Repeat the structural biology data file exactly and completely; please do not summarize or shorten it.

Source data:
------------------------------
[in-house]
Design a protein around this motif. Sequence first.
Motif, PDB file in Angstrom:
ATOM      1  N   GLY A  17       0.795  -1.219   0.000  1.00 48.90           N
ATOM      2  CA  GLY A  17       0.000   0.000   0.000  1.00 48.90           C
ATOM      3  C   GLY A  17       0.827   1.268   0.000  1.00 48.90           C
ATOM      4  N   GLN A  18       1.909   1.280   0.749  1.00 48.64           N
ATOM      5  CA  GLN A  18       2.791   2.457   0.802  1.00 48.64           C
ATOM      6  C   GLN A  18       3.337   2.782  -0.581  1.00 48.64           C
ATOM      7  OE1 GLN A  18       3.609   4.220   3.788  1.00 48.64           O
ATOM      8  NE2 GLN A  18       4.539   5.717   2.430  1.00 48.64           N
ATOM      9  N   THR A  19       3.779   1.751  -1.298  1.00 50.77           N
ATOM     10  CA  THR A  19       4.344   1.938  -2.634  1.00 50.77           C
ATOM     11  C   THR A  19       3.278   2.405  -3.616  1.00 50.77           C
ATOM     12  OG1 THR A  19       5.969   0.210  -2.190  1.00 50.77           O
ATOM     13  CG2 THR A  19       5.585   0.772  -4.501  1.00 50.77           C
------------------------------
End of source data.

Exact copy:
[in-house]
Design a protein around this motif. Sequence first.
Motif, PDB file in Angstrom:
ATOM      1  N   GLY A  17       0.795  -1.219   0.000  1.00 48.90           N
ATOM      2  CA  GLY A  17       0.000   0.000   0.000  1.00 48.90           C
ATOM      3  C   GLY A  17       0.827   1.268   0.000  1.00 48.90           C
ATOM      4  N   GLN A  18       1.909   1.280   0.749  1.00 48.64           N
ATOM      5  CA  GLN A  18       2.791   2.457   0.802  1.00 48.64           C
ATOM      6  C   GLN A  18       3.337   2.782  -0.581  1.00 48.64           C
ATOM      7  OE1 GLN A  18       3.609   4.220   3.788  1.00 48.64           O
ATOM      8  NE2 GLN A  18       4.539   5.717   2.430  1.00 48.64           N
ATOM      9  N   THR A  19       3.779   1.751  -1.298  1.00 50.77           N
ATOM     10  CA  THR A  19       4.344   1.938  -2.634  1.00 50.77           C
ATOM     11  C   THR A  19       3.278   2.405  -3.616  1.00 50.77           C
ATOM     12  OG1 THR A  19       5.969   0.210  -2.190  1.00 50.77           O
ATOM     13  CG2 THR A  19       5.585   0.772  -4.501  1.00 50.77           C